A young woman visits her gravely ill grandmother at the family estate. On her death bed, the old woman reveals to her granddaughter the family curse: they are all vampires. The young woman decides to move into the estate with her uncle and her cousin, and a number of the local villagers soon fall victim to the new vampire in their midst.
Spoilers follow ...
- Dracula's Daughter review by NP
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Britt Nichols plays Luisa Karlstein who visits her terminally ill mother. Rather coldly, the rest of the family appears to have turned up simply to stand and watch as the ill old Baroness succumbs to death. With her dying breath, she tells her daughter of a family curse.
Even before this reveal, a number of ongoing, gruesome murders have been occurring. Nubile young women, often in a state of undress, have been spied upon and are then killed by a clearly female vampire.
As always for Jesus Franco films, such story-line as there is meanders greatly with protracted scenes of women in jeopardy, and enlivened by ongoing scenes of softcore sex – here, Karlstein reveals her lesbian tendencies in a number of scenes which have no bearing on the wafer-thin plotline. This is usual for such films, as is the stunning leading lady – Nichols continues the tradition of delights such as Lina Romay and Soledad Miranda, but doesn’t seem to attracted the same level of attention. This may be because her appearance bolsters a film that is otherwise desperately uneventful and dull.
Even the eroticism here is … odd. There is a routine in which a ‘dancer’ (prior to her murder, of course) simply rolls around on the floor in a bar. It is red lit, so she is clearly performing an act (as opposed to suffering some fit). People watch in stony silence, she rolls around some more, smiling. Then, she stands up and they applaud! Why? It is only shocking because she wasn’t escorted out of the place by an ambulance crew. Where is the exotic eroticism of ‘Vampyros Lesbos’ or ‘She Killed in Ecstasy?’ Whilst hardly polished films themselves, they did nevertheless escape the drudgery that fuels each dialogue-heavy scene here.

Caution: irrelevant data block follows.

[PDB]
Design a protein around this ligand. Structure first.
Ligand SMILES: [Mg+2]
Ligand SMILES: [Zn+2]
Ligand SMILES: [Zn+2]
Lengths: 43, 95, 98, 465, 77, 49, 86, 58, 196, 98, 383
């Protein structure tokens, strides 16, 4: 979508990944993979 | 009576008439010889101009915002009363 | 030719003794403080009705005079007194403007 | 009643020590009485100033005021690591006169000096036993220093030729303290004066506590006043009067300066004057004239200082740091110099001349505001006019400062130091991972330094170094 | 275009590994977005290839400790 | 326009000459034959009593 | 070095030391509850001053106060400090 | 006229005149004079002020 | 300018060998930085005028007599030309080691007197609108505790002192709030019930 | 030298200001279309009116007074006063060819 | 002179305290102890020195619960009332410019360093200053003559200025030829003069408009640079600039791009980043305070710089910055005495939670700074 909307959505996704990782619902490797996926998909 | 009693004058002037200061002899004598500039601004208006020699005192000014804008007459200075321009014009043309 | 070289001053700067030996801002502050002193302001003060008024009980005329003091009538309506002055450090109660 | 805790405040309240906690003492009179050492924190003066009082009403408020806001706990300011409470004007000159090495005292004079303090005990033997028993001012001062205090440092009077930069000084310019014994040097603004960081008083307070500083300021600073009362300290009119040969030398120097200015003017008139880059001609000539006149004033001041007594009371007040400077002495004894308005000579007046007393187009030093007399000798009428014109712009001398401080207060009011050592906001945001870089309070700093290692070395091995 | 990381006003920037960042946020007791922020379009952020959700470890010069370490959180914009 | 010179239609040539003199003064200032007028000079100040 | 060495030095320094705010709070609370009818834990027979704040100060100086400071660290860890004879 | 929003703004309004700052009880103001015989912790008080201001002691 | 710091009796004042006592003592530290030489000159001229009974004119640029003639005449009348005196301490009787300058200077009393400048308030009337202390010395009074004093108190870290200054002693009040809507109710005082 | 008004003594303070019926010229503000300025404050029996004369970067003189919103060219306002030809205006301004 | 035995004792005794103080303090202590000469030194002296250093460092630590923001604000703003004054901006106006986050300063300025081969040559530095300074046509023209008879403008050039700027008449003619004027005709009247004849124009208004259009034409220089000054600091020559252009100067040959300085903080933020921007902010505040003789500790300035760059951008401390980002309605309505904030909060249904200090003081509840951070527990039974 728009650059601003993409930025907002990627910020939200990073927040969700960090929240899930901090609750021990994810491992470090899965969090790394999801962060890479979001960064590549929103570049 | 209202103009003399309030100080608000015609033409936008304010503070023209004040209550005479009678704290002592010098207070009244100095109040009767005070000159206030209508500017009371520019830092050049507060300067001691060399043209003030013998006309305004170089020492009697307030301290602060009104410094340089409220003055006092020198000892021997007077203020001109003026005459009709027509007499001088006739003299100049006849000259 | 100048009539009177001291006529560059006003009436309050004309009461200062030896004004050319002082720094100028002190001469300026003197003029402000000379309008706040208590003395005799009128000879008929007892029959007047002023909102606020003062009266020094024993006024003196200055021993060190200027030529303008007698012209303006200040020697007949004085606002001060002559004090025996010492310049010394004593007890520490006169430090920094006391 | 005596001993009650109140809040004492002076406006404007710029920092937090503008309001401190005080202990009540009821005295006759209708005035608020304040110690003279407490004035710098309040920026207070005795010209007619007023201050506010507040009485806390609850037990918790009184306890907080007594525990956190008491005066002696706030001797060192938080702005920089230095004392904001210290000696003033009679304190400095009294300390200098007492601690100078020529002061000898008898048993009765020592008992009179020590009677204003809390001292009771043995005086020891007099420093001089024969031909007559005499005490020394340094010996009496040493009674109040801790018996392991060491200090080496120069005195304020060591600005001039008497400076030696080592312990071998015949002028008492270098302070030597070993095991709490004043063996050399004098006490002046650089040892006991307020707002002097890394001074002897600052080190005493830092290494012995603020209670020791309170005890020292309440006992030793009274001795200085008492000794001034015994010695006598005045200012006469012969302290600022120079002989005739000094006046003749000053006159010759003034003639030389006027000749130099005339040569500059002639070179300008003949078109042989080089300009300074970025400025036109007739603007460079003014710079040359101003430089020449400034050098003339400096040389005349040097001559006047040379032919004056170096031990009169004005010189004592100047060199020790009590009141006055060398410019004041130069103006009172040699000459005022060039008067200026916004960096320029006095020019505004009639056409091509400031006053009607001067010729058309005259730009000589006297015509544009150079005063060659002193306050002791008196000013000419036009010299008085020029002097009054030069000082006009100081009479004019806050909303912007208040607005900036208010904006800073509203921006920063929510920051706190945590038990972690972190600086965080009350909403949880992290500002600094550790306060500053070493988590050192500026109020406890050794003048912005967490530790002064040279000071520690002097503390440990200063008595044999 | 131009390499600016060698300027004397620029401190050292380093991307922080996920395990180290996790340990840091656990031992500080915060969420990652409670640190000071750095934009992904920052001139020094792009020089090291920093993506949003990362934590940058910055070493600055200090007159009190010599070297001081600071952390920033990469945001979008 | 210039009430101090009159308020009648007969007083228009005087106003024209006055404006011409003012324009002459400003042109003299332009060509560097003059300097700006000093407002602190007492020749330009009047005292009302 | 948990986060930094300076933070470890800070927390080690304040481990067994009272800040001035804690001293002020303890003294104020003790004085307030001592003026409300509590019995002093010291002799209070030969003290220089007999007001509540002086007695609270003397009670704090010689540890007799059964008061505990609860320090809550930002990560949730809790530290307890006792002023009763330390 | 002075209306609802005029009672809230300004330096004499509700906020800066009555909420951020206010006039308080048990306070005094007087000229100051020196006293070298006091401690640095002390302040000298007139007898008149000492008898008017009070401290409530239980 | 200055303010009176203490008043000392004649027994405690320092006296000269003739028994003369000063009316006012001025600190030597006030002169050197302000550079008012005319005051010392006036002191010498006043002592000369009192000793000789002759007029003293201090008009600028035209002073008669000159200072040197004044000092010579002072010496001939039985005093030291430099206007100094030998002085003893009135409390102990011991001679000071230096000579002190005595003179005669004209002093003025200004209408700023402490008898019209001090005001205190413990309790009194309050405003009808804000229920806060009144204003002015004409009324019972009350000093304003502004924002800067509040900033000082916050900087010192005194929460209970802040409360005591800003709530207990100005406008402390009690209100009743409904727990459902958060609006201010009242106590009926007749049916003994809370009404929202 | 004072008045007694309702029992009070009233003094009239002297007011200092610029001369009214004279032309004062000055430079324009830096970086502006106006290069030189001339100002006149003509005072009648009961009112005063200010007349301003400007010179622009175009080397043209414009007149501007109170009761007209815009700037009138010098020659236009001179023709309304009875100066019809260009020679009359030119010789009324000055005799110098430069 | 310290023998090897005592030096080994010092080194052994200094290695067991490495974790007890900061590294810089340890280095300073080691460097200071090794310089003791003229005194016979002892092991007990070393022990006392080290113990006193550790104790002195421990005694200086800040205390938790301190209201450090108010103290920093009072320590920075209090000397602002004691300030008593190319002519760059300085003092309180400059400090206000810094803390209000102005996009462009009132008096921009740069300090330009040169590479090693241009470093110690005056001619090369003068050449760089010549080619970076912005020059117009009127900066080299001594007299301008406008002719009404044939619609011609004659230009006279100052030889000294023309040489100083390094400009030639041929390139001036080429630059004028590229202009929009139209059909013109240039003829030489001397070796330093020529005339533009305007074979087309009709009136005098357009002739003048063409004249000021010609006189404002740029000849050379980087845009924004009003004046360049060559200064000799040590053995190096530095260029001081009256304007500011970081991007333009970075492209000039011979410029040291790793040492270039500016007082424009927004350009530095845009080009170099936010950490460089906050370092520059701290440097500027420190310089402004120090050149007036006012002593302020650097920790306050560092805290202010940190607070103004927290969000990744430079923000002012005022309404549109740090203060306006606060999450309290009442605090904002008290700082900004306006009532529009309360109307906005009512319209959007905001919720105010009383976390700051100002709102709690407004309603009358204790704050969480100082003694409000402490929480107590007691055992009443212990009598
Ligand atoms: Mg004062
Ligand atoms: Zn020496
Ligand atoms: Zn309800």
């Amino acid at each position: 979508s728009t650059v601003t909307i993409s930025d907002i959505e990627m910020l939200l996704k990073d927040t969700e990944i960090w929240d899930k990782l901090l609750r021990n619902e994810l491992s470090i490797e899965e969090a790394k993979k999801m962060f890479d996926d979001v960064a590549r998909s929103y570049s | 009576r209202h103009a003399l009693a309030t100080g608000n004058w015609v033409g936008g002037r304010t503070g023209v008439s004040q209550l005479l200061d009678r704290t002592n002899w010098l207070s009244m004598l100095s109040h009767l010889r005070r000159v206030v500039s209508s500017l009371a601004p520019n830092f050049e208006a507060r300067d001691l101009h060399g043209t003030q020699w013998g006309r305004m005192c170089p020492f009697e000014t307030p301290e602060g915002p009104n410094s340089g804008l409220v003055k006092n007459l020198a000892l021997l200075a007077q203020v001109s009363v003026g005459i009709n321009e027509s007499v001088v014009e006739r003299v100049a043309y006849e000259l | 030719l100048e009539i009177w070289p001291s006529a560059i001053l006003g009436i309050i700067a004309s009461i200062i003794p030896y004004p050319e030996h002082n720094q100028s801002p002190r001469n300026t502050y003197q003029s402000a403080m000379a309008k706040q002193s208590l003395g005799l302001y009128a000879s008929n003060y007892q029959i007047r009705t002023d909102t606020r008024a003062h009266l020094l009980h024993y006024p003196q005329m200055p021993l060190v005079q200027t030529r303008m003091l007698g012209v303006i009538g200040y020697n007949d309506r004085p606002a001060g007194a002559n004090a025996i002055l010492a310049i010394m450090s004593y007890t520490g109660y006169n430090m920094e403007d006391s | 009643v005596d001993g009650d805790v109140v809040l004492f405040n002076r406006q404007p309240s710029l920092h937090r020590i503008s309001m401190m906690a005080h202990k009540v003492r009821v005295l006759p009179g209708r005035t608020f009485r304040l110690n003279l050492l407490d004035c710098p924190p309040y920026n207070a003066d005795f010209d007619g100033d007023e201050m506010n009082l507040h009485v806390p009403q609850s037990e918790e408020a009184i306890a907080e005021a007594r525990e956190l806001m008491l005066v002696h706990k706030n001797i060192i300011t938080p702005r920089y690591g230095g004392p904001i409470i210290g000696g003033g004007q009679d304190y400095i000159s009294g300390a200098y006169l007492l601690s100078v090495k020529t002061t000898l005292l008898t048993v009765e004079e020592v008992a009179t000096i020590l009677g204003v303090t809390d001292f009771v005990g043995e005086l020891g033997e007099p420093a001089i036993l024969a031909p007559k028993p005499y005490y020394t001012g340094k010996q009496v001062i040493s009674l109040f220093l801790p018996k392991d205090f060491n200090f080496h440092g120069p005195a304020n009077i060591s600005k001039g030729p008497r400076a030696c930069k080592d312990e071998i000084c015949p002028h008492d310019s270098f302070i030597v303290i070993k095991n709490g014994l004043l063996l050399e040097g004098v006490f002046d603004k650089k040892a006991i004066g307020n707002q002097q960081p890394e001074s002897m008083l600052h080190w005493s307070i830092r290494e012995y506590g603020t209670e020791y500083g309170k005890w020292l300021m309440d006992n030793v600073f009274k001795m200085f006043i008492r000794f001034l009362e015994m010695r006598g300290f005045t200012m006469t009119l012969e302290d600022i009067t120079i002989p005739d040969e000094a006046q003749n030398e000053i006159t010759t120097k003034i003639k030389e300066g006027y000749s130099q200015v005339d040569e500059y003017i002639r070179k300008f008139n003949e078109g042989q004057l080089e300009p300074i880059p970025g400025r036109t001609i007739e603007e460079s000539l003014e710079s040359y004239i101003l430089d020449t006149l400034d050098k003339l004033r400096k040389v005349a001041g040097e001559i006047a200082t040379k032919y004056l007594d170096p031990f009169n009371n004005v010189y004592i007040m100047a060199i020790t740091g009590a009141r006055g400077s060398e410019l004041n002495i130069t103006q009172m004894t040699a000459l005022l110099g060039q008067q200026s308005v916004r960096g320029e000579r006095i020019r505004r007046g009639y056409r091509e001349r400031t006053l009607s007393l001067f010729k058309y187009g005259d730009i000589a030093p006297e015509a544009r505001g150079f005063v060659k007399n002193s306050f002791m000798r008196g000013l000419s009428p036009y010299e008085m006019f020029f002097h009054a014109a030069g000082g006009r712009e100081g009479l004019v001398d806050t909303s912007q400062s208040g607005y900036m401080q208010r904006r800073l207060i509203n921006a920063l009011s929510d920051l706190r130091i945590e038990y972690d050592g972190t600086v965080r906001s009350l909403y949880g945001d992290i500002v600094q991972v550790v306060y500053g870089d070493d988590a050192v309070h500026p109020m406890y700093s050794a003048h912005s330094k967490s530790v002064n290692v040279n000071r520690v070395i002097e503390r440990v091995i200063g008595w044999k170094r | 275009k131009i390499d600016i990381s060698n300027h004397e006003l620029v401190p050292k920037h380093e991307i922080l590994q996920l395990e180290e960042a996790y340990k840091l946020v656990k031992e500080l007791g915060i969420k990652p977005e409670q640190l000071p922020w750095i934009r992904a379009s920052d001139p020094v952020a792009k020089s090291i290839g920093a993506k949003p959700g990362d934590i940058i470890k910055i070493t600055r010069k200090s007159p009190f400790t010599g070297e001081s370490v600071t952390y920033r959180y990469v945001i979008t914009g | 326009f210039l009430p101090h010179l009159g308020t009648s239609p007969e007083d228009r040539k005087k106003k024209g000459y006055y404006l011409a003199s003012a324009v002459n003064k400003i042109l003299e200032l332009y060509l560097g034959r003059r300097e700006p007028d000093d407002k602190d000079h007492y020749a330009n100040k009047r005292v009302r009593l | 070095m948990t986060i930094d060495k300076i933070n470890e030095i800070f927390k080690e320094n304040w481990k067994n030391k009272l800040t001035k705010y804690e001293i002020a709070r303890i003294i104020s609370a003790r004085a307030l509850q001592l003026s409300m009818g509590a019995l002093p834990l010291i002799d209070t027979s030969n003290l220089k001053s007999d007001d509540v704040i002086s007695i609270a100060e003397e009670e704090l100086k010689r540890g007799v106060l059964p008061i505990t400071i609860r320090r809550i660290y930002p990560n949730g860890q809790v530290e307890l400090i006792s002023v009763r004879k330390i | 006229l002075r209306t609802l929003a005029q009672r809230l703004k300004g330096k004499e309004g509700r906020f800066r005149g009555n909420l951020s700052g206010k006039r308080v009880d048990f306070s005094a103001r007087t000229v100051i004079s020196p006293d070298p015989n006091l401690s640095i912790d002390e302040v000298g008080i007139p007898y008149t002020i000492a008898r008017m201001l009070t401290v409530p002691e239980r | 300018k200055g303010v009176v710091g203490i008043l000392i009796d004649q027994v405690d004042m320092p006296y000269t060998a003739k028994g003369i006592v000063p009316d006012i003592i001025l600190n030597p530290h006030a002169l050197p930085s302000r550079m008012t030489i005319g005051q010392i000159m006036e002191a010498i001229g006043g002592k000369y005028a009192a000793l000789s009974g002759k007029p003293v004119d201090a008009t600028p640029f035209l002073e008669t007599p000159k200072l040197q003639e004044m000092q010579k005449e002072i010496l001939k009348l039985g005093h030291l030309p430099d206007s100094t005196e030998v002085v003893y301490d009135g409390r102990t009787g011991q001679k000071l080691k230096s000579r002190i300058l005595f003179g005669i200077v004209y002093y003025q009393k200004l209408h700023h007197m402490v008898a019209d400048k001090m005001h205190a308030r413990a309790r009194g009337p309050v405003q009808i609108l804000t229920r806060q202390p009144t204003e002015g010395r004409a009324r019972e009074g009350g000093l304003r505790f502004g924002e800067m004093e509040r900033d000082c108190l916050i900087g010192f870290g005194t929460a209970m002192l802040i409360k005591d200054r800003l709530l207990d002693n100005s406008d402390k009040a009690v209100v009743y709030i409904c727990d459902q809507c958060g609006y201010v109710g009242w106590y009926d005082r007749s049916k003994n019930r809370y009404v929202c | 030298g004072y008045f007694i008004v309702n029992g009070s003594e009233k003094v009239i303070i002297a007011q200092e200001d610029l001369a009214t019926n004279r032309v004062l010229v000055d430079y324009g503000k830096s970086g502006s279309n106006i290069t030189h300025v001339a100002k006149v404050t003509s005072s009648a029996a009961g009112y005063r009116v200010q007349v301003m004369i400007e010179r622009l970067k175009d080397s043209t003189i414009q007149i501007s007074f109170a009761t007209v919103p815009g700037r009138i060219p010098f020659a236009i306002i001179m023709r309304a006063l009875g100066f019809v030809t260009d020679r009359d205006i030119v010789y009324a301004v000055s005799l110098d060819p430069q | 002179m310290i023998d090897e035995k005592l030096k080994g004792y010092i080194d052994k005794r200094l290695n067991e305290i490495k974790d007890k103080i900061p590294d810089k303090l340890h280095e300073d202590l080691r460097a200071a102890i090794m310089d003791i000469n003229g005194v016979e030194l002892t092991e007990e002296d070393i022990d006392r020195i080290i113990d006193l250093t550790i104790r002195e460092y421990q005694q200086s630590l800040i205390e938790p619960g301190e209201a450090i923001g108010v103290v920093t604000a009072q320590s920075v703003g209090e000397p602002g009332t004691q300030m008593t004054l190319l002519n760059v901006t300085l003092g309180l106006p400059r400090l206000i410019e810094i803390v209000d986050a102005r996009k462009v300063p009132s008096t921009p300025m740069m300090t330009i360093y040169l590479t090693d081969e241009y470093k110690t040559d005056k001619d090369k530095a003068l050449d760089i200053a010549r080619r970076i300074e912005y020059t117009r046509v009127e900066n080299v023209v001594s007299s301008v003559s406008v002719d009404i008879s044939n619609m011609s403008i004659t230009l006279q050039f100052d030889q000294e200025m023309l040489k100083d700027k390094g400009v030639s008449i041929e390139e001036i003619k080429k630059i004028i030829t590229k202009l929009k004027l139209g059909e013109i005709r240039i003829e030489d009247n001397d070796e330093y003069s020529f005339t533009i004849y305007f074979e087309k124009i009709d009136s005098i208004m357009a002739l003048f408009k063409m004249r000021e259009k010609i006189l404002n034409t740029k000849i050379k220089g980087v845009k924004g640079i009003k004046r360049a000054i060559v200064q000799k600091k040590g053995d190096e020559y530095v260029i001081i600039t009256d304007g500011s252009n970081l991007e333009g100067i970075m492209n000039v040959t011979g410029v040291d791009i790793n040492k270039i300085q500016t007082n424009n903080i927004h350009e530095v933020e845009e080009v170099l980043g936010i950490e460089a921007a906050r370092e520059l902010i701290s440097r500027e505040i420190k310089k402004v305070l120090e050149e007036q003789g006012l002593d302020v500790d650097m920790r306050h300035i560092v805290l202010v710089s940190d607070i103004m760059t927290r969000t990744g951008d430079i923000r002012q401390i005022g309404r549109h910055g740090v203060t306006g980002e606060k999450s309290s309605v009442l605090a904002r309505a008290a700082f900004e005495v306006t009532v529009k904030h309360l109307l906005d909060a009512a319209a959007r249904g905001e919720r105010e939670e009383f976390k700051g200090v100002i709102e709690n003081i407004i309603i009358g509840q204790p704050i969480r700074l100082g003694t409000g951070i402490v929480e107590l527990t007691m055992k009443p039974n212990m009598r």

A constant delight with Franco films is the juxtaposition of horror set in beautifully filmed, exotic sun-kissed locations. Such visual conflict often works, but not so much here, for what panoramic views we get of Portugal (where this is filmed) are rare and the footage is often used more than once.
Back to whatever passes as a story, and it appears that the undead Count Karlstein (Franco regular Howard Vernon, robbed of dialogue here) is in fact Dracula himself. He doesn’t contribute a huge amount. In fact, his two scenes involve simply rising from his coffin, watched by a horrified Luisa, shortly before she too becomes a vampire.
What begun as an interesting idea soon became a chore for the cast and crew (and for the audience), it seems, as no effort is made to make any of the events entertaining or horrific or even particularly sexy. One point in its favour – we are treated to many brave close-ups of teeth baring fangs. Brave because, such close-ups invite scrutiny, and the fangs are very realistic – something the otherwise superior ‘exploitation’ film-maker Jean Rollin couldn’t always get right.